“Place me like a seal over your heart, like a seal on your arm; for love is as strong as death, its jealousy unyielding as the grave. It burns like blazing fire, like a mighty flame. Many waters cannot quench love; rivers cannot sweep it away. If one were to give all the wealth of one’s house for love, it would be utterly scorned.”

‭‭Song of Solomon‬ ‭8:6-7‬ ‭NIV‬‬

For a daily dose of encouragement and perspective, check out Jim Daly

Loving the Stranger #Marriage

Loving the Stranger
You wouldn’t marry a complete stranger, would you? Well – surprise! – if you’re married, that’s exactly what you’ve done.

On our wedding day, we all innocently believe the same myth: that we know and understand the person we’re marrying. But every newlywed eventually discovers that getting to know the depths of someone’s heart takes years. That’s the nature of relationship, especially one as intimate as marriage. So in that sense, we all marry a stranger. We’re in love with what little we know about our spouse, but we don’t know them. Not really.

  
Maybe that’s why Stanley Hauerwas defines a successful marriage as “learning how to love and care for the stranger to whom you find yourself married.” What does he mean? Simply this: In countless ways, the person we commit to on our wedding day will not be the same person five, ten, or twenty years from now. In fact, neither will we. Marriage changes us. So does raising children, careers, the aging process, and other significant events in our lives.

That’s why it’s important to understand that marriage is not a stopping point where we instantly know our spouse fully and completely. It’s a journey through life between a man and woman, both of whom continually grow and change across their years together. As one speaker said, “When people get married, they tend to believe they’ve found a finished statue, when in reality, they’ve merely found the block of marble from which their spouse will emerge.” Commit to loving your spouse and helping them grow more Christ-like each day.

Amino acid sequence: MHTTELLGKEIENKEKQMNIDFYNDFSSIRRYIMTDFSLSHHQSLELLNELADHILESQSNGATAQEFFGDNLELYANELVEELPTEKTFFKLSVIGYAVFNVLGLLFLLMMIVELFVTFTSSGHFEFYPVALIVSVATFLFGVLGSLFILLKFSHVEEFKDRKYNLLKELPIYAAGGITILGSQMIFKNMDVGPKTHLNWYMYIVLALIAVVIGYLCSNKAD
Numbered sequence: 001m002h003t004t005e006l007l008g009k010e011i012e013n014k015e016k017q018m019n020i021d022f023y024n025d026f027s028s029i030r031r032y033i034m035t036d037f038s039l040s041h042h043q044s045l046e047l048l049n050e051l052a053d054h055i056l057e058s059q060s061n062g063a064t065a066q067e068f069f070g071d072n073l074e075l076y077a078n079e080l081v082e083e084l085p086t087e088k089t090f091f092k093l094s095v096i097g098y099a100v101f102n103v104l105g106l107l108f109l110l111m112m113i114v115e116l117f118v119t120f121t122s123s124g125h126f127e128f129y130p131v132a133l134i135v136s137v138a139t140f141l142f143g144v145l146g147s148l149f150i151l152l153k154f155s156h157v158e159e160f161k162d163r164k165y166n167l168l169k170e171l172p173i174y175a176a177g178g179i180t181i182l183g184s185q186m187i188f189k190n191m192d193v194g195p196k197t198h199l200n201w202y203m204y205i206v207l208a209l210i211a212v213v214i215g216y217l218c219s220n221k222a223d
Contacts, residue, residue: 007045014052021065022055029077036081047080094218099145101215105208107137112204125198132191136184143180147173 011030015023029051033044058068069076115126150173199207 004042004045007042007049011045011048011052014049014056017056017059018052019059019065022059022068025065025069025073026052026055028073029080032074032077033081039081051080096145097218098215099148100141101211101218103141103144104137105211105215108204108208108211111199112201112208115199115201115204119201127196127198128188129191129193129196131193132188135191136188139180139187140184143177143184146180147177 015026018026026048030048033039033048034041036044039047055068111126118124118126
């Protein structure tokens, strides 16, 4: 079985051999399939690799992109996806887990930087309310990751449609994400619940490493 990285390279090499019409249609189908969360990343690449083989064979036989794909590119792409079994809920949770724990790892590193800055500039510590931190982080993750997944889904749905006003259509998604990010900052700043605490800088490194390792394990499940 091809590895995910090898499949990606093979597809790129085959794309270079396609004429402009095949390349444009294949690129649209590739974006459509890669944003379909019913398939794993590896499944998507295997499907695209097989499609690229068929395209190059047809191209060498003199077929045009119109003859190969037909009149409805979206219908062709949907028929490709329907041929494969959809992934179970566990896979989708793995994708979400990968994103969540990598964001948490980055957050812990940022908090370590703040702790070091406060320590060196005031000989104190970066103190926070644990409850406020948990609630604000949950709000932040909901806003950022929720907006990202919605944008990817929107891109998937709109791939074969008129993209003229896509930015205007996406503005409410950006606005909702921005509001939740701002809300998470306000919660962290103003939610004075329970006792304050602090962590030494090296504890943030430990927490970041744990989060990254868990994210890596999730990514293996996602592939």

“Instead, speaking the truth in love, we will grow to become in every respect the mature body of him who is the head, that is, Christ.”

‭‭Ephesians‬ ‭4:15‬ ‭NIV‬‬

Drifting in Marriage 

  

 Drifting in Marriage
Good marriages are like a relaxing canoe ride when the winds are calm and the lake water is as smooth as glass. You just have to be careful you don’t drift.

One year, while working as a camp counselor, Craig Jutila grabbed a canoe for a quiet afternoon on the lake. There wasn’t a cloud in the sky, and almost no breeze, so the water was completely still. Letting the canoe come to rest in the middle of the lake, it dawned on him: it was after hours, and no other boats were out. So he did the only sensible thing. With an extra life jacket for his pillow, he nestled in for a short nap.

An hour later, he woke up to voices. Somehow his canoe had beached along the shoreline of a camping area. Craig realized there was a current in the water and a breeze in the air he hadn’t sensed. They’d caused him to drift, and he ended up somewhere he never intended to be.